I may have related this before so bear with me. My uncle had a 47 Pontiac. I rember as a kid a guy with a panel van truck showing up one Saturday morning and working on the Pontiacs flathead 6 engineengine. It was smoking and making noise. The head was pulled and a diagnosis of broken rings scored cylinders and piston slap was rendered. Along with a worn connecting rod. With a tool that looked like a small oil well derrick, one cylinder was bored .020, one was bored .030, and one was honed, and a new standard piston was fitted. This was the one that was slapping. So the engine went back together with four standard pistons, one 20 over, one 30 over and one new standard con rod bearing on a slightly polished crank throw. Ran fine stopped smoking and was quiet. I guess at 6.4 to 1 car, and not much than 2800 rpm , these old lumps are pretty tolerant of driveway repair techniques.
  33. 4 likes
    "So far sooooooooo good ! She's back together now and running surprisingly strong. The throttle response is lightning fast and the engine pulls harder than the 251 in my old Yellow truck. I am happy happy happy !!! I'm going to drive it for a couple days and then check the compression on all cylinders. " Reg,why tempt fate? You are happy with it now,so how are you going to be any happier if the numbers are high than you are now? On the other hand,if just ONE cylinder is just a tiny bit low,chances are you are going to be bummed until you fix that one cylinder. The old expression "leave well enough alone" is still a bit of wisdom we all need to heed occasionally.
  34. 4 likes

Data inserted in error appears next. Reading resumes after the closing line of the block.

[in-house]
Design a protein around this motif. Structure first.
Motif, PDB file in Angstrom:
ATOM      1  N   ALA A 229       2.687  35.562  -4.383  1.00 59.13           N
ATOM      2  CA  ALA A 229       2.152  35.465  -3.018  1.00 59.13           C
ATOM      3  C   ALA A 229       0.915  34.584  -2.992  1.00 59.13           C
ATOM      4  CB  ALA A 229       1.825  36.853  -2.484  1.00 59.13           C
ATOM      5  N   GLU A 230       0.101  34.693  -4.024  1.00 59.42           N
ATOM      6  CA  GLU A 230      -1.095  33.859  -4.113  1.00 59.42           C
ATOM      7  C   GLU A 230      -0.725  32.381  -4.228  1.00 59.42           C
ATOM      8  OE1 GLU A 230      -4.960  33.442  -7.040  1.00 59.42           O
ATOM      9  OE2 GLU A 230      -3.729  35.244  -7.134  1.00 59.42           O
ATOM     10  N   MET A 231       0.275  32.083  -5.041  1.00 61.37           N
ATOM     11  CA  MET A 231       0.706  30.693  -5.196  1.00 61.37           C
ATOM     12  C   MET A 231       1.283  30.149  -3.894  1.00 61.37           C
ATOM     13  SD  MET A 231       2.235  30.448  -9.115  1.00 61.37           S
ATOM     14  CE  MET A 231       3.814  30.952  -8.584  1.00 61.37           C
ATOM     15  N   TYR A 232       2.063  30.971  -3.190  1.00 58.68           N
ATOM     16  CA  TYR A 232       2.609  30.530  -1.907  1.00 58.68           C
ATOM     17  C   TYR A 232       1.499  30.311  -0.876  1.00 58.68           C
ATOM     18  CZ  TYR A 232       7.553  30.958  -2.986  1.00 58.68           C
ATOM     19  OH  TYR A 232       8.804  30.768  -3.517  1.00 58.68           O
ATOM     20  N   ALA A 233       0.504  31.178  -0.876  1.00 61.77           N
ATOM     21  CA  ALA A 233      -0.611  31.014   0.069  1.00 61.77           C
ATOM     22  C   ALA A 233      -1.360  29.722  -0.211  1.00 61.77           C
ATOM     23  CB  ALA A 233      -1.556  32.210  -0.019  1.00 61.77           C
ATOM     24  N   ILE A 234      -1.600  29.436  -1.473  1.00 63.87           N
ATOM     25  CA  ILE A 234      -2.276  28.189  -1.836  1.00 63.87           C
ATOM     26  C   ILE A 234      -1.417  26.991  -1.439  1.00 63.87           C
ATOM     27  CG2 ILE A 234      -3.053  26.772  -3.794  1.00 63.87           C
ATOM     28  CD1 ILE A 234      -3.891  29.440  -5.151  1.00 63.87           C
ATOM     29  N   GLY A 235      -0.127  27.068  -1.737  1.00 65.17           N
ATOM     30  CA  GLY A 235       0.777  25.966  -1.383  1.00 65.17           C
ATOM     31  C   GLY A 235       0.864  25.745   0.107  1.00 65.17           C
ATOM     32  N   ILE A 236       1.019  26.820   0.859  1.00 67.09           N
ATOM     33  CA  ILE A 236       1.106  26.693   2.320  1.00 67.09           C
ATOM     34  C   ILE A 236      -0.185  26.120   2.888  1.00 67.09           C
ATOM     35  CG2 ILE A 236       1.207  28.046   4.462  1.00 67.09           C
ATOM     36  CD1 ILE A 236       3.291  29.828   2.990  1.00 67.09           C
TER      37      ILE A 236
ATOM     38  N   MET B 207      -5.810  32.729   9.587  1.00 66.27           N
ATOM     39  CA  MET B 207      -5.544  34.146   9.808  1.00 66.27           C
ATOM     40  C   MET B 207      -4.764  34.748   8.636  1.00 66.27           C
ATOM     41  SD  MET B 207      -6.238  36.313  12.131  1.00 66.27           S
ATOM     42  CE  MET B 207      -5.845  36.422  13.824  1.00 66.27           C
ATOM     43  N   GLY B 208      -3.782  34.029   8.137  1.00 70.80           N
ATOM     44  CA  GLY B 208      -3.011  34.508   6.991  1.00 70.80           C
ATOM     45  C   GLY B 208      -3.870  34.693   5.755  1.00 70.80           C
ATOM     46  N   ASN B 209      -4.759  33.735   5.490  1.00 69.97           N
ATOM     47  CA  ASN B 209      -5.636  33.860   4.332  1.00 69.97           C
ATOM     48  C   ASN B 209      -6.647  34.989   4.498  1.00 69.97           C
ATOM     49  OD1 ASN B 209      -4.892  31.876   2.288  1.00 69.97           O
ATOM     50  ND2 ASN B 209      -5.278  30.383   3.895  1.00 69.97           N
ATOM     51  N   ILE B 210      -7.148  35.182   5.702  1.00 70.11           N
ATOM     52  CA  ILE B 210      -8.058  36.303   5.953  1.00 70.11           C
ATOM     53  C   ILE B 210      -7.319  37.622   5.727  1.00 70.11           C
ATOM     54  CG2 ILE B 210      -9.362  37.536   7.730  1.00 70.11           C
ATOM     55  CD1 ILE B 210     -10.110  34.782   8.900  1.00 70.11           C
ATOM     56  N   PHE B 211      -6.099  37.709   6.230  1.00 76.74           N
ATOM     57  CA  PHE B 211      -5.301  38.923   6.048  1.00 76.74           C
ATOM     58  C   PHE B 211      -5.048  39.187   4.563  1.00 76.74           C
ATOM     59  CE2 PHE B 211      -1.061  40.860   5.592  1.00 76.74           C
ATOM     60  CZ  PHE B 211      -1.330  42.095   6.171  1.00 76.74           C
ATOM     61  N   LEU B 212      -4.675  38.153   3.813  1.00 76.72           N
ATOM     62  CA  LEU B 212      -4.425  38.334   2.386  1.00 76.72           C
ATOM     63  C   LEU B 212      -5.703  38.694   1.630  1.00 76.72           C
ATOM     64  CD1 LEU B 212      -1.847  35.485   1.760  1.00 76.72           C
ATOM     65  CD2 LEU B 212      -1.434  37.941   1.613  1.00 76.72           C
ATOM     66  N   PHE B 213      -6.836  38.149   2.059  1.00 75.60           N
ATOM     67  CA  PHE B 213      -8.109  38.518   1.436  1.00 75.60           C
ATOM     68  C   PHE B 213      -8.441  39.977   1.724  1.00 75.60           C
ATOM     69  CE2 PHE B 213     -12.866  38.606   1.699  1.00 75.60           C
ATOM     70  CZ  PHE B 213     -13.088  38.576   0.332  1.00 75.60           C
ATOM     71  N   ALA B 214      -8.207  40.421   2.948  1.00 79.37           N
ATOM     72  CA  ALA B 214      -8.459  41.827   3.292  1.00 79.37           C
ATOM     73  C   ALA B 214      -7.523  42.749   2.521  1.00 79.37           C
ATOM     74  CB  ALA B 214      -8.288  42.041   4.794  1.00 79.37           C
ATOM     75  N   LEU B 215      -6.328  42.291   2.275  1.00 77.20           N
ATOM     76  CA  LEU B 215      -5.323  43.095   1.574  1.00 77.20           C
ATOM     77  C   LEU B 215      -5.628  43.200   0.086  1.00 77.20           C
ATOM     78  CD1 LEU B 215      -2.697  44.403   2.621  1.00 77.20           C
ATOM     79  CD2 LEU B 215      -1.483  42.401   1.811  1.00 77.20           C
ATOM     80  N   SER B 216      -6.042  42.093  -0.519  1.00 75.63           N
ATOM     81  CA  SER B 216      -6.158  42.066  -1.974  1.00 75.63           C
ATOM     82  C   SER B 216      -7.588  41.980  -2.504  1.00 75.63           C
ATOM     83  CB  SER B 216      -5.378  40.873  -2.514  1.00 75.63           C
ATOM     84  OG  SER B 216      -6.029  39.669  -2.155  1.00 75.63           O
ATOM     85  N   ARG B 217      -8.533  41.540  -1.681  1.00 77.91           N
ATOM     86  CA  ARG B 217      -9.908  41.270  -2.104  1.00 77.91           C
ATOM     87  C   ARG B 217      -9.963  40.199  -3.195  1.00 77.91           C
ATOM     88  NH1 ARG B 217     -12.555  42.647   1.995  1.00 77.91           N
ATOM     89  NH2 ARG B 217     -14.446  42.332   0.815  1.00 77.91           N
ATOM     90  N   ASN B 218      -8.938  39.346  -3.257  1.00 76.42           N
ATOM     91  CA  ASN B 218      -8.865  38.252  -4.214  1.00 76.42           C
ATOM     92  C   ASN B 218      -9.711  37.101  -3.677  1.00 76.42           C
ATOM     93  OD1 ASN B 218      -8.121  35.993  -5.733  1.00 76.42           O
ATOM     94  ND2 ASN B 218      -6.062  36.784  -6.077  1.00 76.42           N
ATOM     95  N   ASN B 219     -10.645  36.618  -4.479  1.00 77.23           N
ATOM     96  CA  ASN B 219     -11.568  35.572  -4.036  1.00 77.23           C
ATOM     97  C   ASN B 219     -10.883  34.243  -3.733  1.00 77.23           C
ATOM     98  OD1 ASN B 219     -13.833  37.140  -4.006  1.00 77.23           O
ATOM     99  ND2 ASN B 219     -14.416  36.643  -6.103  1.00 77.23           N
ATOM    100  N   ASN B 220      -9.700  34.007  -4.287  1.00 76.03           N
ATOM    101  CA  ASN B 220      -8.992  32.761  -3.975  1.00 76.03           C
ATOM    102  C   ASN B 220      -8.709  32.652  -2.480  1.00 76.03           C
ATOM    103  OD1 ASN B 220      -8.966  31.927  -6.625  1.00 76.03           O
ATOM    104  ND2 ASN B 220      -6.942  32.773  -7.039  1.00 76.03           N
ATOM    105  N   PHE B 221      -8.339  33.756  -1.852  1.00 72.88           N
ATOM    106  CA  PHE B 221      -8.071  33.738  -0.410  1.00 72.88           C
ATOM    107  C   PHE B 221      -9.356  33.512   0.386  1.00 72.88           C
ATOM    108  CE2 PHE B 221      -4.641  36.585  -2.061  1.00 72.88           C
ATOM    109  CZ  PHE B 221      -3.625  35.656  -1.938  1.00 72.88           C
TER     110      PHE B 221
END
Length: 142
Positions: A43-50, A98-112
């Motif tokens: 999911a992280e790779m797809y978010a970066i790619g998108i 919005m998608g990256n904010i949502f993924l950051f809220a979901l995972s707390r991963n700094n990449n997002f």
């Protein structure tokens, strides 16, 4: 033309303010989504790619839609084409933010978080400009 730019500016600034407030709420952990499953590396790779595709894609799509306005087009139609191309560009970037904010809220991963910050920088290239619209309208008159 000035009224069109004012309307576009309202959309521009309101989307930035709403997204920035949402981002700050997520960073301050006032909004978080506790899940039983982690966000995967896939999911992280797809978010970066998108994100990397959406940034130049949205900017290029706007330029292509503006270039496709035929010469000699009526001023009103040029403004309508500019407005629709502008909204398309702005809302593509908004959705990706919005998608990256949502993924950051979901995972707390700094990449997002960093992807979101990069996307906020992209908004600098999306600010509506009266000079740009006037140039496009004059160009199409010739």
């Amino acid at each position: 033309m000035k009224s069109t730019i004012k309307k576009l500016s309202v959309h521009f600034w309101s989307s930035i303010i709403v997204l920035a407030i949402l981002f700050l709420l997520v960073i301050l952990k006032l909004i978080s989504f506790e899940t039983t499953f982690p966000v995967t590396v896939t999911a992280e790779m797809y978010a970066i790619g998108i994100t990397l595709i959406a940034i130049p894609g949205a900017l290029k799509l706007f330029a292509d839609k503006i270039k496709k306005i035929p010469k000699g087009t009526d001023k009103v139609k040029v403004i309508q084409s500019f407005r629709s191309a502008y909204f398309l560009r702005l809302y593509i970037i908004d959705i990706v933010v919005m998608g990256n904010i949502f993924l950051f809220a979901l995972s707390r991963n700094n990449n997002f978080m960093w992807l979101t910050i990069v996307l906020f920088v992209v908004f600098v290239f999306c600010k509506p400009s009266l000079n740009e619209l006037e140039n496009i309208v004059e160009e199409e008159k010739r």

I was hired by the ME Department during my extended senior year to finish a design project that we ran out of time working on, with the design centering on a GMC Sierra 2500 that was donated to the school (long story). After several months of unsupervised work, I was nearing the completion of the project, then I was informed that there was a delay in my paychecks 3 weeks in a row, with some sort of bureaucratic mumbo jumbo that came as explanation. The department secretary informed me on the back steps during her smoke break that if I was not paid in full by a certain date, the university did not have to pay me at all; also, they could only pay me so much per week, not one lump sum...I quickly did the math and realized that if I didn't start getting paid in a few days, I was gonna get stiffed out of some big $$$ to a starving college student. So I made my move the next day...2 days later, the department heads involved with administering projects were cussing me out in the hallway between classes, in front of other students, threatening to have me thrown in jail for theft of university property, cuz that GMC had "disappeared" ...I smiled and told them that I was just so weak from not eating, cuz I hadn't gotten paid in almost a month, that I was having trouble remembering things; this brought snickers from innocent observers and smoke coming out of the ears of the aggressors...the paychecks started being delivered as required a few days later, and when the last one cleared the bank, I paid a visit to the department head's top floor office, walking past the department secretary and giving her a wink as I dangled the GMC's keys (did I mention that she was drop dead gorgeous?). He cursed me out some more, told me how unethical I was being (hello kettle, you're black), and demanded to know where the blankety blank truck was...I pointed over his shoulder out the window to the university motor pool parking lot 500 feet away, where that red truck was parked in clear view of his window, and since that lot was secured, it had never left the university property and the keys had been with the motor pool office the whole time, where I had checked it in under my name with the ME department... which was right next door to the university police station... he cursed me one more time as I walked out the door, and I patted the department secretary on the head as she was covering her mouth and turning beet red, trying not to laugh...later, I ran into her on her smoke break, and she high-fived me for my accomplishment, and relayed to me the aftermath of that whole incident as it unfolded in the department corridors, as egos had been bruised for the fact that some lowly undergrad had bested several distinguished PhDs at a game of chicken...it was a good thing